In order to charge a Lithium Ion battery you should have a charger (designed for your battery type) that is capable of monitoring the voltage of each cell (or string of cells) in order to properly balance the battery (more on this soon) and the temperature (so you do not create a fire). These chargers are more expensive and more complex. Lithium ion batteries can also get even trickier when putting batteries in series or parallel with each other since the battery managers and chargers can not always handle the higher voltage. One example that I have seen was with robot with a 72V nominal bus (5 batteries in series) and a solar panel that generated >80 volts. We were not able to use the desired battery since it could only be charged in 15V increments per battery and there was no easy way to charge them all with the >80V coming from the solar panels (which is easily done with lead acids). I understand in many/most cases you need to charge batteries to the max and use them till the capacity is almost depleted; but if you want to maximize the life of your batteries (for most vendors) you should charge them when they reach 40%-70% (approximately) of capacity and never let them drop all the way down or charge them all the way up.

There are many things to consider in order to safely build a safe lithium ion battery. Do not attempt to build one if you do not know how!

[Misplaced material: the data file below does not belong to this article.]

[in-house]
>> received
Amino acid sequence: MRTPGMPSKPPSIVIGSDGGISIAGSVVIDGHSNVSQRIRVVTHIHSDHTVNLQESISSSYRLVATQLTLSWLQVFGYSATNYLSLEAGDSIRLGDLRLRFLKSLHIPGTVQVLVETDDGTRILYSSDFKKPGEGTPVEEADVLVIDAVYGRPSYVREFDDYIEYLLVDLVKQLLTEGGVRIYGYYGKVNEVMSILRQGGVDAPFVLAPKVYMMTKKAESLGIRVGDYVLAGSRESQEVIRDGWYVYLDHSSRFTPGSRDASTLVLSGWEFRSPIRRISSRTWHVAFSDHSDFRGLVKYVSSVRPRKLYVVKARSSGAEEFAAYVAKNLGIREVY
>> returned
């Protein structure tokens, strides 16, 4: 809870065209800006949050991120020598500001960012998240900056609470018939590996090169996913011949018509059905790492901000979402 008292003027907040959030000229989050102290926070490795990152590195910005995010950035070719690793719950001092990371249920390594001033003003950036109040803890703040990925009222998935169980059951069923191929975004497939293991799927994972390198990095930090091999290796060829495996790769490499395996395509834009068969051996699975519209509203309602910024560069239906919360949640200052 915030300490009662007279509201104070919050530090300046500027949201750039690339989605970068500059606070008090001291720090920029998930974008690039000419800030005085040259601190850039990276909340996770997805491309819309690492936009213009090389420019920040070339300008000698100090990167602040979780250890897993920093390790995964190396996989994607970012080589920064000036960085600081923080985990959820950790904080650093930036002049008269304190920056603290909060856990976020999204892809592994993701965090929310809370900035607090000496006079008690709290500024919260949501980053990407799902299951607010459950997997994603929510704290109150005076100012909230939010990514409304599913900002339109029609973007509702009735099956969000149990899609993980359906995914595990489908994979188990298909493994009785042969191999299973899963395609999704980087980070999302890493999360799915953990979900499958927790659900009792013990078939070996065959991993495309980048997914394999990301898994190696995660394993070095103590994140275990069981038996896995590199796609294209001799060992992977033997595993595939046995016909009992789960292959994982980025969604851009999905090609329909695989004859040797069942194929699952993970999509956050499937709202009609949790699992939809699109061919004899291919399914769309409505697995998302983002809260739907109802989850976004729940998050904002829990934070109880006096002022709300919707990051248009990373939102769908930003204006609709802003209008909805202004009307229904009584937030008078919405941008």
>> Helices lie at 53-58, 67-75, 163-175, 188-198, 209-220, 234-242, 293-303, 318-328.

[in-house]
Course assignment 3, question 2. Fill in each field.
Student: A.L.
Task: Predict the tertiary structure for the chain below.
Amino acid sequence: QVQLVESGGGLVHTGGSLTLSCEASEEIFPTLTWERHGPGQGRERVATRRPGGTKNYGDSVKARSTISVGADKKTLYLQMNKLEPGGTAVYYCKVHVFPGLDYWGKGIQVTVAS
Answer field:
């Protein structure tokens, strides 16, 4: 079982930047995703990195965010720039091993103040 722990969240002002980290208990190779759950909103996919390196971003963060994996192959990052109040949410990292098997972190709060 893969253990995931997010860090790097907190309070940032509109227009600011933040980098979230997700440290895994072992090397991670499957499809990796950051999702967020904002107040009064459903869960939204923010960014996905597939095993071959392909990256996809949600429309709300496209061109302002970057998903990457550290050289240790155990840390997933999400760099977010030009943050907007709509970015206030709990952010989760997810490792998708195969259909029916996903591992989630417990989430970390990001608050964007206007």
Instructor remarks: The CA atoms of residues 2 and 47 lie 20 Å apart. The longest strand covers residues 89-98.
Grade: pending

When you assemble a Lithium Ion battery pack you need to make sure that all of the cells are similar (“balanced”). Balanced means that voltage charge and discharge curves should be similar to one and another. If they are not, then each cell can end up with a different voltage, which reduces the capacity of the complete battery. You should also make sure that you have proper battery management circuitry to prevent such unsafe conditions as overcharge, overdischarge, overtemperature, etc. Finally, you should stick to high quality cells from reputable vendors, as low quality cells can increase the safety risk.

Communicating with the Battery

With the advent of many on-board controls for batteries, the next logical step is for the battery to be able to communicate this information to their chargers and the devices they power. This is how your laptop and cellphone knows how much battery juice is left (and why they have more than just 2 electrical contacts). The data available can go way beyond just the remaining battery life. You can query the battery for such things as the manufacturer, rated capacity, cycle count, temperature, voltage, current, etc. Batteries can even tell a capable charger exactly how they should be charged.
While there are many battery (mostly vendor specific) communication protocols out there, two common ones are SMBus and DQ. SMBus is an open protocol based on I2C and developed by an industry consortium; there are SMBus chips available from many vendors. DQ was developed by Texas Instruments and it’s chips are also widely available.

Vendors

Mathews Associates Inc. – I have dealt with them. I really like how enthusiastic they are about their product and helping with new ideas.
Bren-Tronics – I have heard good things, but I have never contacted them.
Valence – They have nice lithium batteries that seem to stand up to usage well. You can almost treat them as a lead acid drop in.
A123 Systems – Provider of lithium cells. Can be hard to get cells in low quantity.


I would like to thanks Ari for his help with creating this post and providing some of his knowledge.